The New Fascism, or Corporate Statism, American-Style
Here's the most recent installment about a subject I have discussed many times before:
Hundreds of U.S. military and government officials routinely leave their posts for jobs with private contractors who deal with the government, a process that has eroded the lines between government and the private sector, according to report released by a watchdog group on Tuesday.This is the issue I have discussed at great length here, and here (and here's a post about the"outsourcing" of torture). And although the article does not mention him, one of the preeminent examples of this kind of conflict of interest is David Kay, famous WMD-hunter extraordinaire. I discussed Kay's intriguing history many months ago, here. The media never did pursue that story.
"There is a revolving door between the government and large private contractors where conflict of interest is the rule, not the exception," said the report by the Project on Government Oversight (POGO), a Washington-based group that monitors military expenditures.
"The revolving door has become such an accepted part of federal contracting in recent years that it is frequently difficult to determine where the government stops and the private sector begins," adds the report, titled"The Politics of Contracting."
The document says that the current contracting system where current and former public servants use their positions for private gain means powerful private contractors can potentially rig the system in their own favor.
The group examined the current top 20 federal government contractors from January 1997 through May 2004 and found that in fiscal year 2002, those top 20 contractors received over 40 percent of the 244 billion dollars in total contracts awarded by the federal government.
The group says that it also identified 291 instances involving 224 high-ranking government officials who moved to the private sector to serve as lobbyists, board members or executives of the contractors.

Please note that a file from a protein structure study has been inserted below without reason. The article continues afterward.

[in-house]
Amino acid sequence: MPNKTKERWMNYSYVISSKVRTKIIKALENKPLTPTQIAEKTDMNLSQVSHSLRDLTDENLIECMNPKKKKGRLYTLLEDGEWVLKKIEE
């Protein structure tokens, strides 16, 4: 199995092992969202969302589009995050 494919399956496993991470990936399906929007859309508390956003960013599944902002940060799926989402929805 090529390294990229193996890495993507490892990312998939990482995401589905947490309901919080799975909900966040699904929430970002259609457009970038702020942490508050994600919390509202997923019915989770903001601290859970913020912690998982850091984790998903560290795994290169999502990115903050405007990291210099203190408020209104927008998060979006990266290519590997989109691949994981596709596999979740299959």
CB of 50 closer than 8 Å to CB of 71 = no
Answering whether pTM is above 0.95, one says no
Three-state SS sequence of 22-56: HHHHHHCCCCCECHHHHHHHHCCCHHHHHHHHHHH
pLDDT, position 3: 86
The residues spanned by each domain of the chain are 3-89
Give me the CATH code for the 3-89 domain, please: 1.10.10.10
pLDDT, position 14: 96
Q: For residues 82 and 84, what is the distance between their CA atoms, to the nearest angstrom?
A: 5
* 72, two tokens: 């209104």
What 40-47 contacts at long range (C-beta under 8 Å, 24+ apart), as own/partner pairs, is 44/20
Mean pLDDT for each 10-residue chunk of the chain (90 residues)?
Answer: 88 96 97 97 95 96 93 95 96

The report found that at least one-third of the former senior government employees who went to work for or served on the board of a government contractor were in official positions allowing them to influence government contracting decisions, and that accountability rules were not enough to control them.
And it certainly would be nice if, one of these fine days, some of the defenders of our"new,""muscular" foreign policy of unending war and foreign occupation -- especially those defenders to be found among self-proclaimed"libertarians" and"Objectivists" -- would discuss this phenomenon, and how it influences and distorts our nation's policies in almost every respect. It also would be lovely if they devoted at least a little time to analyzing how this melding of the public and private spheres has shaped events in Iraq over the last year, and will continue to do so for decades to come. Do you think that's likely to happen any time soon?
No? Really? Nah, me neither.
(Cross-posted at The Light of Reason.)
Brian Dijjaji - 6/13/2008
See, this is why I hate HNN. We get one guy's screed, preaching to the converted, with absolutely no historical perspective.
Fascism... Really? I remember that being a 1930s movement that embraces the cult of the nation as the vessel for human progress combined with a disdain for the individual and a propensity to territorial expansion.
Love them or hate them, the Bush administration's reaction [and it is totally reactive--these guys aren't in the driver's seat of the relationship] to global jihad is timid by comparison. In their wildest dreams the most rabid neocon thinker pales by comparison to any actual fascists.
But a historical comparison with real fascism doesn't advance the author's histrionics, so it goes by the wayside.
Google "Pinkerton" and you get more historical perspective on the outsourcing of law enforcement/foreign policy than you get from anything on the History News Network.
Isn't one reason we are supposed to pay attention to historians is that they offer valuable historical perspective?
Can we just call this "Some beardy college professors rant about how much they hate George Bush" and get it over with?
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